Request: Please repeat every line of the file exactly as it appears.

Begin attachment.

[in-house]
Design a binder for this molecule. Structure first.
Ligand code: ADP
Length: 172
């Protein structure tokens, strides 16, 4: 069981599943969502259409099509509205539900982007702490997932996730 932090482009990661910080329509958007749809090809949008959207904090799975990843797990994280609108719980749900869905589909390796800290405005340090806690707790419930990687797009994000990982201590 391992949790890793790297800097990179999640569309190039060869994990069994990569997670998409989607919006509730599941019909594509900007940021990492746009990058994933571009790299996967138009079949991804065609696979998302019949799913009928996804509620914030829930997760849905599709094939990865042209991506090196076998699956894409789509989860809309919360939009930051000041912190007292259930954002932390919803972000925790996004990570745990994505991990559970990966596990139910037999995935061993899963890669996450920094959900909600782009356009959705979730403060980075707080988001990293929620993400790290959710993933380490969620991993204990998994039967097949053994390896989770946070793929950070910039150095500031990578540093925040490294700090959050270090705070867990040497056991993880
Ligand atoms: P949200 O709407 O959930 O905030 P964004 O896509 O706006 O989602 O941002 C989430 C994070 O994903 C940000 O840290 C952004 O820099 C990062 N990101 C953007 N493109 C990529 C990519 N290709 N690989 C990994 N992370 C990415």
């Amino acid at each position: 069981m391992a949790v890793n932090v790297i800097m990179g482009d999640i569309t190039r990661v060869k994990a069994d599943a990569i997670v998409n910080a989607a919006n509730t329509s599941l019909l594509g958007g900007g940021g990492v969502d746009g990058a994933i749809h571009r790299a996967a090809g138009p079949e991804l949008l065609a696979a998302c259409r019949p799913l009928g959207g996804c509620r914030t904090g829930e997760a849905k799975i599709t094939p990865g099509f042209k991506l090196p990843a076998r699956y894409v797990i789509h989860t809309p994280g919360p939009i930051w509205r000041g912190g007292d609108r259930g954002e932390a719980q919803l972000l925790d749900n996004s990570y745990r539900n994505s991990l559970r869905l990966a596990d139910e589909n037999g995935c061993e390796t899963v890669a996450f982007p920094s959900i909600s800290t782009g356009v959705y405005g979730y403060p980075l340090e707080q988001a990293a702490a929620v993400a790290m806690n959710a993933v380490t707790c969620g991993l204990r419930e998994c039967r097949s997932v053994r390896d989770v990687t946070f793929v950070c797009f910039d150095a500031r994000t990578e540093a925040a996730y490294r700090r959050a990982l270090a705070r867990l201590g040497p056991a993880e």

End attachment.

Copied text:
[in-house]
Design a binder for this molecule. Structure first.
Ligand code: ADP
Length: 172
């Protein structure tokens, strides 16, 4: 069981599943969502259409099509509205539900982007702490997932996730 932090482009990661910080329509958007749809090809949008959207904090799975990843797990994280609108719980749900869905589909390796800290405005340090806690707790419930990687797009994000990982201590 391992949790890793790297800097990179999640569309190039060869994990069994990569997670998409989607919006509730599941019909594509900007940021990492746009990058994933571009790299996967138009079949991804065609696979998302019949799913009928996804509620914030829930997760849905599709094939990865042209991506090196076998699956894409789509989860809309919360939009930051000041912190007292259930954002932390919803972000925790996004990570745990994505991990559970990966596990139910037999995935061993899963890669996450920094959900909600782009356009959705979730403060980075707080988001990293929620993400790290959710993933380490969620991993204990998994039967097949053994390896989770946070793929950070910039150095500031990578540093925040490294700090959050270090705070867990040497056991993880
Ligand atoms: P949200 O709407 O959930 O905030 P964004 O896509 O706006 O989602 O941002 C989430 C994070 O994903 C940000 O840290 C952004 O820099 C990062 N990101 C953007 N493109 C990529 C990519 N290709 N690989 C990994 N992370 C990415």
């Amino acid at each position: 069981m391992a949790v890793n932090v790297i800097m990179g482009d999640i569309t190039r990661v060869k994990a069994d599943a990569i997670v998409n910080a989607a919006n509730t329509s599941l019909l594509g958007g900007g940021g990492v969502d746009g990058a994933i749809h571009r790299a996967a090809g138009p079949e991804l949008l065609a696979a998302c259409r019949p799913l009928g959207g996804c509620r914030t904090g829930e997760a849905k799975i599709t094939p990865g099509f042209k991506l090196p990843a076998r699956y894409v797990i789509h989860t809309p994280g919360p939009i930051w509205r000041g912190g007292d609108r259930g954002e932390a719980q919803l972000l925790d749900n996004s990570y745990r539900n994505s991990l559970r869905l990966a596990d139910e589909n037999g995935c061993e390796t899963v890669a996450f982007p920094s959900i909600s800290t782009g356009v959705y405005g979730y403060p980075l340090e707080q988001a990293a702490a929620v993400a790290m806690n959710a993933v380490t707790c969620g991993l204990r419930e998994c039967r097949s997932v053994r390896d989770v990687t946070f793929v950070c797009f910039d150095a500031r994000t990578e540093a925040a996730y490294r700090r959050a990982l270090a705070r867990l201590g040497p056991a993880e």